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Can Prosper be as Prosperous as Banks?

         Credit Markets are a clear case of information asymmetry between borrowers and sellers. Felix Salmon writes that peer-to-peer lending was meant to create a personal connection between borrower and lender, giving borrowers a greater incentive to repay their debts than to “hated, faceless banks”. Did peer-to-lending cause that warm, “fuzzy” feeling to pay back all your loans ?[1] Instead, Prosper turned out to be no different and faced insurmountable adverse selection issues as well. Of course, some potential solutions to this problem include underwriting, employed to some extent by Prosper and other peer-to-peer lending systems like Lending Club but there seems to be another interesting way of approaching this problem!

         The paper “Learning by doing with asymmetric information” by Freedman and Jin shows that learning by doing also plays an important role in alleviating information asymmetry.  Although Prosper discloses part of borrowers’ credit histories, lenders do not have access to a borrower’s credit history as traditional banks do. Hence, lenders face serious information problems because the market is new and “subject to adverse selection relative to offline markets”. The most likely method to get information about the true average risk of borrowers, is evaluating similar loans from the past. However, understanding this information depends on a variety of factors like the lender’s attention to his own portfolio, awareness of market-wide performance data as well his time cost and ability to digest the information. Lender learning can be effective in reducing the risk over time for early lenders who did not fully understand the market risk and are found to have underestimated borrower risk. Freedman and Jin report that a lender is more likely to stop funding any new loans as more of his existing loans are late. [3]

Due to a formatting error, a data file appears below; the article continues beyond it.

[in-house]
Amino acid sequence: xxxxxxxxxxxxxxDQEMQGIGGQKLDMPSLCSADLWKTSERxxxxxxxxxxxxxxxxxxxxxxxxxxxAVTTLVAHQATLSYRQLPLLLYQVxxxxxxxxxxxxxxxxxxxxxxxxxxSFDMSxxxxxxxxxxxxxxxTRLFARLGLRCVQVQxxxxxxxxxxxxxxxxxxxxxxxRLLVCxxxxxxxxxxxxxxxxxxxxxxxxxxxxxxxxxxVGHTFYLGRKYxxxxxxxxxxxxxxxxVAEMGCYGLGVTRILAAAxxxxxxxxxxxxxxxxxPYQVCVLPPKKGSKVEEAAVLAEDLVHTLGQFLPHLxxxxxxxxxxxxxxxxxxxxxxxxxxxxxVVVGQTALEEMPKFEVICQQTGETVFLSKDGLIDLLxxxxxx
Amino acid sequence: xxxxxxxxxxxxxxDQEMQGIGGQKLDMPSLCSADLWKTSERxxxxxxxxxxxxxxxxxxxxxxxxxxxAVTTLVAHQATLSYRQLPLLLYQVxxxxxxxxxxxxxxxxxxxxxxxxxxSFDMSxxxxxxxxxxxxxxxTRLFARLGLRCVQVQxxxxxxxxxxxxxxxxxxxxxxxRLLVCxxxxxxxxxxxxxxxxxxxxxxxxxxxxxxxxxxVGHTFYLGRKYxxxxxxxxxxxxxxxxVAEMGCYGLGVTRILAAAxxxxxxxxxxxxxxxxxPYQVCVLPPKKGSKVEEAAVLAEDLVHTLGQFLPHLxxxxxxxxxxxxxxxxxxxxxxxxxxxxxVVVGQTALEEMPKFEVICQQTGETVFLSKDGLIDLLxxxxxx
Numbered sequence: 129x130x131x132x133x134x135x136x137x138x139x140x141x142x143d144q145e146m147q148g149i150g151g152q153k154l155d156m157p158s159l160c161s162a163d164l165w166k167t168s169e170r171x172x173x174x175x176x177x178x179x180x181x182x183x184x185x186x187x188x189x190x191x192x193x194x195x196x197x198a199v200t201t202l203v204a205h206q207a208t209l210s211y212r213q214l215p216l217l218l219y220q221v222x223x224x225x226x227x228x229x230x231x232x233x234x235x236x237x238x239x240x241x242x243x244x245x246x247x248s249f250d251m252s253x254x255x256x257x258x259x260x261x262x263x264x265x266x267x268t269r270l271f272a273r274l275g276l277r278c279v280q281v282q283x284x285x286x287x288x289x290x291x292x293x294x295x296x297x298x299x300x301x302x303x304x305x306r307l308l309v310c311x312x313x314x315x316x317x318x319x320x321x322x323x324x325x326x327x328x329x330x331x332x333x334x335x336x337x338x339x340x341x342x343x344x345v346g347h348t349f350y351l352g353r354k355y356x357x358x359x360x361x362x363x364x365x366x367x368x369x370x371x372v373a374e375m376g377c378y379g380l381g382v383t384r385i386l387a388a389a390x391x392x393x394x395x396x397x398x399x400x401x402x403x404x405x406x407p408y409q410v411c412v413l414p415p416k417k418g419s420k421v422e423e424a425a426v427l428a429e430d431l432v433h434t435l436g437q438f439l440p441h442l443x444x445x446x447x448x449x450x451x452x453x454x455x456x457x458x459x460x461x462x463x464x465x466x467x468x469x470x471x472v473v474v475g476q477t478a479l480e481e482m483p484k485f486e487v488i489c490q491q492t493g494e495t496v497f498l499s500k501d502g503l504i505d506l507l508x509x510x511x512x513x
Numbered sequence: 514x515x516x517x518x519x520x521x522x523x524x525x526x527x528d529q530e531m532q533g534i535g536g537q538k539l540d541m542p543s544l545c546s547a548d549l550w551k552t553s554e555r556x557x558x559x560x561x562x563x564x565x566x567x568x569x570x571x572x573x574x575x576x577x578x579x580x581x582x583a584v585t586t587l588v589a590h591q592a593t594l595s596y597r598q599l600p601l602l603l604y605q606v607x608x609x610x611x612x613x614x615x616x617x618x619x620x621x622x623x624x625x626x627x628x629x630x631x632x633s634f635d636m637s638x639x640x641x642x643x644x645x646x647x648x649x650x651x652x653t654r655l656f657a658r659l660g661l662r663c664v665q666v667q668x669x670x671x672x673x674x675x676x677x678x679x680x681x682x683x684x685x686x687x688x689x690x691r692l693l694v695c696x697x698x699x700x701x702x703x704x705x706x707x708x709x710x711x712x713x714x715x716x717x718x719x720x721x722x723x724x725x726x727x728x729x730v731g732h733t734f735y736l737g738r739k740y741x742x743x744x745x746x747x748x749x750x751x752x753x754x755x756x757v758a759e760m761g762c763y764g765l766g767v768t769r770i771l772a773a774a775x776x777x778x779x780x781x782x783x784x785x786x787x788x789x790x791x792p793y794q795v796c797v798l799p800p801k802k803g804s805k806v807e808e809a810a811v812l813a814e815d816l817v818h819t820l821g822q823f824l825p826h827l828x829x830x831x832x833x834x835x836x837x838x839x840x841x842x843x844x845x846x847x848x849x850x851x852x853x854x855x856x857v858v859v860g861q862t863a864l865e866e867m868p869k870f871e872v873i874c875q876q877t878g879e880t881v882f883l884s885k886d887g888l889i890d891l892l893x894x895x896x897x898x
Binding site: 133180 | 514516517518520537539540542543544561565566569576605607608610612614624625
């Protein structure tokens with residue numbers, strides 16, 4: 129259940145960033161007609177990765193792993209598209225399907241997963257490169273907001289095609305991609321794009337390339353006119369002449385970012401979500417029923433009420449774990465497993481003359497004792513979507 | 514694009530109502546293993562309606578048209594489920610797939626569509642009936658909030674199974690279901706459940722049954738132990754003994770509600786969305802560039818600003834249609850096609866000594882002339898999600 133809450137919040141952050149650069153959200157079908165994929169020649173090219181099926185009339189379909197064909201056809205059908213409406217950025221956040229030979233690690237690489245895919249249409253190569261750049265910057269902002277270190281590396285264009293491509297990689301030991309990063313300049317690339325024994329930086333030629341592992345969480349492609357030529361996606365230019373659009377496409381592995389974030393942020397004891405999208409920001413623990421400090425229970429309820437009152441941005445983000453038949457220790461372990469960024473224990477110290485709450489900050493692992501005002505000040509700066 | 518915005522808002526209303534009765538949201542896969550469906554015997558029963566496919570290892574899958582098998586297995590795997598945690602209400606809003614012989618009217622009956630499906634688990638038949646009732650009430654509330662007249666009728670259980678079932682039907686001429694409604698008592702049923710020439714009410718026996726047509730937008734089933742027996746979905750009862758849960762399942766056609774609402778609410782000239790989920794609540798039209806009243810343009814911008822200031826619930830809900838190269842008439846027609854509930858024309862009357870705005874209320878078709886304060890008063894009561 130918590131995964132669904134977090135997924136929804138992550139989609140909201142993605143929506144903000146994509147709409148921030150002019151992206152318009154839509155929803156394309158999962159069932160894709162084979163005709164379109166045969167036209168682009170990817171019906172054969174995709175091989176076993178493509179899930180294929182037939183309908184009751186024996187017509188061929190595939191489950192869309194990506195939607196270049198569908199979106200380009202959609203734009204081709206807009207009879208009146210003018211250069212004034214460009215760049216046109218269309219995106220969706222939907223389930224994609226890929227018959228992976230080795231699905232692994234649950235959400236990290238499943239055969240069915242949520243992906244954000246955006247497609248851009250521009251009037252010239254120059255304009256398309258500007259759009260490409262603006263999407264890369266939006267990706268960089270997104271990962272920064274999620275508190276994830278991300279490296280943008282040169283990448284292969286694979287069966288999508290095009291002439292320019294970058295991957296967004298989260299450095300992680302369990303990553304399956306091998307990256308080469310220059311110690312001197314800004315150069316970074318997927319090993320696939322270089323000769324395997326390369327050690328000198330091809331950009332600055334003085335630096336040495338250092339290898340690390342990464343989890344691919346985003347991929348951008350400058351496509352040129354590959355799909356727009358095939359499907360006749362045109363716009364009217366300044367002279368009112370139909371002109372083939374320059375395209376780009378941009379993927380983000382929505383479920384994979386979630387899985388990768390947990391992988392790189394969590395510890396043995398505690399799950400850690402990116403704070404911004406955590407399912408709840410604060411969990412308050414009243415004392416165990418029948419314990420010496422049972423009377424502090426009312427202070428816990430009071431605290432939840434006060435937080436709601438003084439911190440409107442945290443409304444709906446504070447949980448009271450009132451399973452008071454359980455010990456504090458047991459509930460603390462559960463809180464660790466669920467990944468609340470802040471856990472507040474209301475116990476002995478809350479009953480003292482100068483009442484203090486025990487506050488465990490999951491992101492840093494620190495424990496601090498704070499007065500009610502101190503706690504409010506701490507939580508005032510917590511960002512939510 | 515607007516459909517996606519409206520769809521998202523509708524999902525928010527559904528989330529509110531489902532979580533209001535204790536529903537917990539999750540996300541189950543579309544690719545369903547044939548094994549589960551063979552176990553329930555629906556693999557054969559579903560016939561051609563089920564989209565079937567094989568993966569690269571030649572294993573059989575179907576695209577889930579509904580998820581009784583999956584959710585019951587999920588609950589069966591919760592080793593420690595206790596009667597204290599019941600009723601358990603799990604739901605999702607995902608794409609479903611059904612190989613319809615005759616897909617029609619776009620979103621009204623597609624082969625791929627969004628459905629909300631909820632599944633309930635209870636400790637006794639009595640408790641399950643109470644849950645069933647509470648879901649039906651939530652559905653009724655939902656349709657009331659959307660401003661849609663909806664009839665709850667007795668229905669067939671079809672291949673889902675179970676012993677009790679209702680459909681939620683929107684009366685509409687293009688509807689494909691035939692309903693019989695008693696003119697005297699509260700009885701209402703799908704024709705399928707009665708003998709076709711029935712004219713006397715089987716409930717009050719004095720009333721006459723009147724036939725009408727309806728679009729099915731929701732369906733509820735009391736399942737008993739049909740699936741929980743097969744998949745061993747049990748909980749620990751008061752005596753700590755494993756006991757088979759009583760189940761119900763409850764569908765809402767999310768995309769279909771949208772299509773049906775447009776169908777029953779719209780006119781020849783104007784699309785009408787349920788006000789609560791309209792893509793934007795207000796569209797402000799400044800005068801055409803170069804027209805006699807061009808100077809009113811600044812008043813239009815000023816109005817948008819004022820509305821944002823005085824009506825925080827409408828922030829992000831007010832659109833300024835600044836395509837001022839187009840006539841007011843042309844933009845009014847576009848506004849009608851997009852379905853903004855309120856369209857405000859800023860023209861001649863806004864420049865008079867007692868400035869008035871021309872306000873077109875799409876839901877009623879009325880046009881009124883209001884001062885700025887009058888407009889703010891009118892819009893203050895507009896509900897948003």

As lenders learn from their own mistakes, they learn to gauge the risk of borrowing, better and as a result, more and more sub-prime borrowers are excluded from the market and the population drifts towards the population served by traditional credit markets. We see here that in the absence of traditional techniques such as reputation systems, there can be inherent ways that markets try to alleviate the asymmetry of information. Peer to peer systems like Prosper are unique in that most people who cannot be served well by traditional offline credit markets are drawn to it. This biases the market strongly toward adverse selection. The question is how effective methods like “learning by doing” can be, so that P2P does not provide a viable alternative for those excluded from traditional credit markets. It would be intriguing to see how P2P systems compete with traditional banks in the years to come!


[1] The problem with peer-to-peer lending

[2] An open letter from Prosper

[3] Learning by Doing with Asymmetric Information



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